Tuesday, September 01, 2015

Can't See, but Can Play Football

Several youngsters from all over India will be part of the Indian blind football team which is taking part in the Asian Championships at Tokyo

By Shevlin Sebastian

Photos by Ratheesh Sundaram

At 6.30 p.m., on a balmy August day, it is getting dark at the astro-turf ground of the Regional Sports Centre at Kochi. But Malaysian Technical Advisor Loo Wai Keong is just getting warmed up. Twelve boys are standing one behind the other at one side of the ground.

Loo picks up the ball and throws it at the lead player, Mohammed Azharuddin. He collects the ball and moves forward. As he comes closer, Loo shouts “Move to the right.” Mohammed moves to the right. Loo then shouts, “Shoot.” And Azharuddin does so. The ball hits the top-right corner of the net. “Well done,” says Loo.

When Abhimanyu Naskar comes forward, the coach shouts at him in English. But Abhimanyu knows only Hindi. At once, the Dehra Dun-based physical instructor, Naresh Singh, says, “The coach is telling you to move faster. Otherwise, the defender will take the ball away from you.”

From a distance, this would seem like a regular workout for a football match. But at close quarters, you can get a shock. All the players are blind.

They have come from places like Delhi, Dehradun, Mumbai, Kolkata, Jodhpur and Kochi. And all of them are training to represent India in the Asian Championships, which is being held in Tokyo, between September 2 and 7.

The team is being mentored by the Kochi-based Society for Rehabilitation of the Visually Challenged (SRVC) and the Indian Blind Sports Association (IBSA). Says Brand Ambassador Shriya Saran, “The Asian Championships will provide a great exposure for the Indian team.”

Incidentally, five-a-side blind football has its own rules: four players should be B1 (fully blind), while the goalkeeper can be B3, which means he can have partial sight, or be fully sighted. The Indian team has two sighted goalkeepers in Sanjay Saji and Melson Jacob.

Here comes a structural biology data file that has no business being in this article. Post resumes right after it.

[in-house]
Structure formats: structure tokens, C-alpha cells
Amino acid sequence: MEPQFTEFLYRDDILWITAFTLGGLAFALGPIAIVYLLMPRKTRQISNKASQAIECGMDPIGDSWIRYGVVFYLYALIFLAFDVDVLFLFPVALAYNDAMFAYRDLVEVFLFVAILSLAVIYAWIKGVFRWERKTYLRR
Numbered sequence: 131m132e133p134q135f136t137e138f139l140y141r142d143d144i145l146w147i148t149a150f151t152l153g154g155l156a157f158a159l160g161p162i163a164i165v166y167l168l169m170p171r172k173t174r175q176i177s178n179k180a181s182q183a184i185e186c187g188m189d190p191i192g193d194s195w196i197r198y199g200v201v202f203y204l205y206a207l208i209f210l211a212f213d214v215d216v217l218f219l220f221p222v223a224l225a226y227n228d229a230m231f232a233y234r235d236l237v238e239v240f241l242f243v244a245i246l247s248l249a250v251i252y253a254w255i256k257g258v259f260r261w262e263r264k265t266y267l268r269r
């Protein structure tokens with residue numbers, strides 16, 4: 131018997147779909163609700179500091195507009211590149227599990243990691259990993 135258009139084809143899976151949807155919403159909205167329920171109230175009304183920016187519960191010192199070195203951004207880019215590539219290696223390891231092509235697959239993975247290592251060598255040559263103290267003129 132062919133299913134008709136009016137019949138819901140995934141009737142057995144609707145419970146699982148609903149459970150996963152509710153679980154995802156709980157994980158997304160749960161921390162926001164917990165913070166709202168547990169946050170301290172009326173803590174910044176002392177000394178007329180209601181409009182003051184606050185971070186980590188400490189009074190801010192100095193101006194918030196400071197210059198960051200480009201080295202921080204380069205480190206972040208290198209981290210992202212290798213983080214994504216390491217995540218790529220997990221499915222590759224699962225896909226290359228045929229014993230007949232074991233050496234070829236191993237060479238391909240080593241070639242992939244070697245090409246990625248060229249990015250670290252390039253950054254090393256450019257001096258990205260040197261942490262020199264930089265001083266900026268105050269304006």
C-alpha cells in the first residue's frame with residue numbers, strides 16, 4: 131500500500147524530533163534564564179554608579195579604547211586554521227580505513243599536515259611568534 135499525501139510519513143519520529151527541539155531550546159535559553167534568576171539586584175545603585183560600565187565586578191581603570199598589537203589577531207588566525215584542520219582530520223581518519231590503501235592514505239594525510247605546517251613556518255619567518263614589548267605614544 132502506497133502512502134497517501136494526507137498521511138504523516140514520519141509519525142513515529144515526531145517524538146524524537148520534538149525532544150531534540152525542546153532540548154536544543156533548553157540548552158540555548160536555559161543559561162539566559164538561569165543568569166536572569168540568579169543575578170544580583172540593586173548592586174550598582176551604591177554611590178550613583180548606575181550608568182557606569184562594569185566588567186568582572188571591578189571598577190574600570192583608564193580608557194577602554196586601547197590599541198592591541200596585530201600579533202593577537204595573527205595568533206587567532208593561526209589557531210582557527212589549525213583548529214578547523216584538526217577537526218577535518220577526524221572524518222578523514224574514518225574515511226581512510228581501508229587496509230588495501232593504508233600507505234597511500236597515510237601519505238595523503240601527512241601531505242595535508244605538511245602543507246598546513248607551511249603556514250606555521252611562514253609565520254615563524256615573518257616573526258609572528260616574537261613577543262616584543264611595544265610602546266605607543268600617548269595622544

The area of play is 40 x 20 metres. There are cushioned boards placed on all sides so that the ball does not go out. It also prevents players from hurting themselves. “Before the match, the referee places three layers of bandage on the players to create total darkness, as some may have a slight perception of light,says MC Roy, Project Head, SRVC. “A game lasts 50 minutes, with a break of 10 minutes. During a match, players can be substituted any number of times.”

As for the ball, it is smaller than a football. “It does not bounce as much,” says Indian coach Sunil Mathew. “In fact, it is slightly heavier because there are ball bearings inside it. The sound is audible to the people who are playing.” Before the start, the coaches of the two team stand at the sidelines. As the match progresses, they shout frantic instructions to the players.

Meanwhile, when a defender approaches a player who has the ball, he has to keep shouting “Voie, Voie.” Sometimes, there is a collision. Many players have suffered injuries on the arms, knees and face. To counter that danger, centre-forward MD Salim Khan plays aggressively.

I was selected after taking part in the Nationals in January at Delhi,” says Salim, a probationary officer in a State Bank of India branch at New Delhi. “I am looking forward to going to Tokyo, although the competition is going to be tough.” The other teams include Iran, Japan, China, Korea and Malaysia.

By the way, the concept of an Indian football team came to Sunil accidentally. One day, when he doing research on the Internet he came across an astonishing statistic. “A country like Brazil, with a population of 198 million, has 660 visually-challenged football teams, while India, with a population of 1.2 billion, has never put up five people for a tournament,” he says. “That was the impetus for SRVC and the IBSA to form a team.”

But to take part in the Tokyo championships, it was a generous grant from the Tata Trusts in Mumbai which tilted the scales.

Biswanath Sinha, Associate Director of Tata Trusts, says, “We want to champion the cause of the visually challenged -- their right to sports, entertainment and a quality life like every other human being.” 

(An edited version appeared in Sunday Magazine, The New Indian Express, South India and Delhi) 


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